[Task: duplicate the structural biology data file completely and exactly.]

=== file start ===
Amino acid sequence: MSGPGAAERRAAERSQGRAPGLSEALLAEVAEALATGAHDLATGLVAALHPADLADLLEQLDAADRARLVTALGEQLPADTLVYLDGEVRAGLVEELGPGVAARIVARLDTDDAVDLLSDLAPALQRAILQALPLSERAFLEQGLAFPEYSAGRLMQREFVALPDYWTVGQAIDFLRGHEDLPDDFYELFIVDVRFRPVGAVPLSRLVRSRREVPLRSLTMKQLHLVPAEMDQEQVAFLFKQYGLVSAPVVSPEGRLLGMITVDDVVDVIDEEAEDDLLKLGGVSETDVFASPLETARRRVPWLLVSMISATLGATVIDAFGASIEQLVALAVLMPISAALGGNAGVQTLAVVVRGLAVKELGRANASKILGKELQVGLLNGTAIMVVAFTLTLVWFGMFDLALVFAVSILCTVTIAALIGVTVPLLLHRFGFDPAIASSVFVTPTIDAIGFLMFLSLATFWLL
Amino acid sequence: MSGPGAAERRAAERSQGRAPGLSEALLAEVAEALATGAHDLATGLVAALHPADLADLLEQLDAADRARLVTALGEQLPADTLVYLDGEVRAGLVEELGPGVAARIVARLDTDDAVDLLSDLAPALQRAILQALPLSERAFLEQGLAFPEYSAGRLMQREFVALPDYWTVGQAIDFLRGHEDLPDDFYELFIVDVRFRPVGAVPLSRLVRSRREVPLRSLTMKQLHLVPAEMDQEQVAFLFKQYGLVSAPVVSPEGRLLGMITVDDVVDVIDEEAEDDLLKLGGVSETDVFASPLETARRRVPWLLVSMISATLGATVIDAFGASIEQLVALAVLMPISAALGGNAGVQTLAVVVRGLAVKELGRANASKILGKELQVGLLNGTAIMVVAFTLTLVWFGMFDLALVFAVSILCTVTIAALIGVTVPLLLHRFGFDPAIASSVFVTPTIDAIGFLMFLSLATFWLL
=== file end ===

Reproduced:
Amino acid sequence: MSGPGAAERRAAERSQGRAPGLSEALLAEVAEALATGAHDLATGLVAALHPADLADLLEQLDAADRARLVTALGEQLPADTLVYLDGEVRAGLVEELGPGVAARIVARLDTDDAVDLLSDLAPALQRAILQALPLSERAFLEQGLAFPEYSAGRLMQREFVALPDYWTVGQAIDFLRGHEDLPDDFYELFIVDVRFRPVGAVPLSRLVRSRREVPLRSLTMKQLHLVPAEMDQEQVAFLFKQYGLVSAPVVSPEGRLLGMITVDDVVDVIDEEAEDDLLKLGGVSETDVFASPLETARRRVPWLLVSMISATLGATVIDAFGASIEQLVALAVLMPISAALGGNAGVQTLAVVVRGLAVKELGRANASKILGKELQVGLLNGTAIMVVAFTLTLVWFGMFDLALVFAVSILCTVTIAALIGVTVPLLLHRFGFDPAIASSVFVTPTIDAIGFLMFLSLATFWLL
Amino acid sequence: MSGPGAAERRAAERSQGRAPGLSEALLAEVAEALATGAHDLATGLVAALHPADLADLLEQLDAADRARLVTALGEQLPADTLVYLDGEVRAGLVEELGPGVAARIVARLDTDDAVDLLSDLAPALQRAILQALPLSERAFLEQGLAFPEYSAGRLMQREFVALPDYWTVGQAIDFLRGHEDLPDDFYELFIVDVRFRPVGAVPLSRLVRSRREVPLRSLTMKQLHLVPAEMDQEQVAFLFKQYGLVSAPVVSPEGRLLGMITVDDVVDVIDEEAEDDLLKLGGVSETDVFASPLETARRRVPWLLVSMISATLGATVIDAFGASIEQLVALAVLMPISAALGGNAGVQTLAVVVRGLAVKELGRANASKILGKELQVGLLNGTAIMVVAFTLTLVWFGMFDLALVFAVSILCTVTIAALIGVTVPLLLHRFGFDPAIASSVFVTPTIDAIGFLMFLSLATFWLL